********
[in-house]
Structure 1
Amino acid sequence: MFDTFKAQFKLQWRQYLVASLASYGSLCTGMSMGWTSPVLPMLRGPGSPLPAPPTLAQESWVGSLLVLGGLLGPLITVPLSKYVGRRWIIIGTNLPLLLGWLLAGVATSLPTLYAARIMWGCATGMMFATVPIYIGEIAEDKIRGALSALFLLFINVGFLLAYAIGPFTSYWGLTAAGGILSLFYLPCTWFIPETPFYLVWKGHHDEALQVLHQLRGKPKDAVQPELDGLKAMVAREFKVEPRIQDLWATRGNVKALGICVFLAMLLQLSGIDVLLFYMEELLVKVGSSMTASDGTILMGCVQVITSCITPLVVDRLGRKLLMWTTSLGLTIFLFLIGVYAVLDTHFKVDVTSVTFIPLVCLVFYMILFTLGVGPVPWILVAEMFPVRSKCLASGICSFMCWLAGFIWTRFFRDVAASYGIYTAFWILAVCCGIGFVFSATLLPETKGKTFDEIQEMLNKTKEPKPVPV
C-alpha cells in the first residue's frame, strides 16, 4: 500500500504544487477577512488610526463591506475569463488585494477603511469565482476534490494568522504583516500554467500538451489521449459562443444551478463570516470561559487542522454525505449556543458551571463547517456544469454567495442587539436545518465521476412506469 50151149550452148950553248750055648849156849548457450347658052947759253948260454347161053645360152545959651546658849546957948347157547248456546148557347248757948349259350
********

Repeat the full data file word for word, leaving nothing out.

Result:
[in-house]
Structure 1
Amino acid sequence: MFDTFKAQFKLQWRQYLVASLASYGSLCTGMSMGWTSPVLPMLRGPGSPLPAPPTLAQESWVGSLLVLGGLLGPLITVPLSKYVGRRWIIIGTNLPLLLGWLLAGVATSLPTLYAARIMWGCATGMMFATVPIYIGEIAEDKIRGALSALFLLFINVGFLLAYAIGPFTSYWGLTAAGGILSLFYLPCTWFIPETPFYLVWKGHHDEALQVLHQLRGKPKDAVQPELDGLKAMVAREFKVEPRIQDLWATRGNVKALGICVFLAMLLQLSGIDVLLFYMEELLVKVGSSMTASDGTILMGCVQVITSCITPLVVDRLGRKLLMWTTSLGLTIFLFLIGVYAVLDTHFKVDVTSVTFIPLVCLVFYMILFTLGVGPVPWILVAEMFPVRSKCLASGICSFMCWLAGFIWTRFFRDVAASYGIYTAFWILAVCCGIGFVFSATLLPETKGKTFDEIQEMLNKTKEPKPVPV
C-alpha cells in the first residue's frame, strides 16, 4: 500500500504544487477577512488610526463591506475569463488585494477603511469565482476534490494568522504583516500554467500538451489521449459562443444551478463570516470561559487542522454525505449556543458551571463547517456544469454567495442587539436545518465521476412506469 50151149550452148950553248750055648849156849548457450347658052947759253948260454347161053645360152545959651546658849546957948347157547248456546148557347248757948349259350